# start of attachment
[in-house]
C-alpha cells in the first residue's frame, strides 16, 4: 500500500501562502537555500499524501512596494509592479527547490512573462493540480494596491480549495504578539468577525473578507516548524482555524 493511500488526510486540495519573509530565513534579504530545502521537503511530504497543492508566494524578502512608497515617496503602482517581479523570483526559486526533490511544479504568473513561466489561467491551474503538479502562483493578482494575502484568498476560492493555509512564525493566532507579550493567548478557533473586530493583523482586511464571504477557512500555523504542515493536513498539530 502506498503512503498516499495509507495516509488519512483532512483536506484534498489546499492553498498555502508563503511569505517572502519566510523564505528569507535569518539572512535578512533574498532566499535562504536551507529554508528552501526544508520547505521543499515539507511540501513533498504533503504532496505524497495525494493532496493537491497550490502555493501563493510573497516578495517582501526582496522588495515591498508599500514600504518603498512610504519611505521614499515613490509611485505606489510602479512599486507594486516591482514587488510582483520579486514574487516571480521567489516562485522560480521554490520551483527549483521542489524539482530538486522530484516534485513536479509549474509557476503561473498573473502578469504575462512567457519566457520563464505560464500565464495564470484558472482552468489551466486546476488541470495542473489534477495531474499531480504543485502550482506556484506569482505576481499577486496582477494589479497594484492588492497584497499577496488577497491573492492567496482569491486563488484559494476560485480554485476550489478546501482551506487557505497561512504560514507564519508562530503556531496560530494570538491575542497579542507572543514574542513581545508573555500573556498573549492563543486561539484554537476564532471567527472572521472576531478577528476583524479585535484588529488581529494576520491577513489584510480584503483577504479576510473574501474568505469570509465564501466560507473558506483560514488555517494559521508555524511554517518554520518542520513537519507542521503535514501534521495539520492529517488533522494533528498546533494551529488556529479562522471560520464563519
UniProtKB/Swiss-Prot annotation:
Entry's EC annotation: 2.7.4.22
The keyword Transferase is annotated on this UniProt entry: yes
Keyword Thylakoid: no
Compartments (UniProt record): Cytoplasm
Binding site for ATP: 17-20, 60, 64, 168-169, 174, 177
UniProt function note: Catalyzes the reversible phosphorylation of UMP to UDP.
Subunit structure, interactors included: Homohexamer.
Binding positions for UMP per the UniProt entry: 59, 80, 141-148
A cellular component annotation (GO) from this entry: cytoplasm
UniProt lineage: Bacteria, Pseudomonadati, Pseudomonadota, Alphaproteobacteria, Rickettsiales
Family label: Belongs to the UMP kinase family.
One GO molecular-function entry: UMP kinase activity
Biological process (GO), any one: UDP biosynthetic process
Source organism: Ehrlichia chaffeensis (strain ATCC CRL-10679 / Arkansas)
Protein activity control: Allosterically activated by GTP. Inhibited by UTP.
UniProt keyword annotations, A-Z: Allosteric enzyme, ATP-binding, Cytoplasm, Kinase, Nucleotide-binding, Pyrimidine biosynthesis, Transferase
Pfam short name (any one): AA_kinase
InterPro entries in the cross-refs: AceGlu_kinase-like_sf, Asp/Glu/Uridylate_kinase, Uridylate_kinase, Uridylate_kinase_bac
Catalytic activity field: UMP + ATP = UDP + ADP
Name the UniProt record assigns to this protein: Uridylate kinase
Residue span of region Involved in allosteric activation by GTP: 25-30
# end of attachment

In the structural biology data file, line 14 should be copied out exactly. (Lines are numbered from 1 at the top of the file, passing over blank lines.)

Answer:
Family label: Belongs to the UMP kinase family.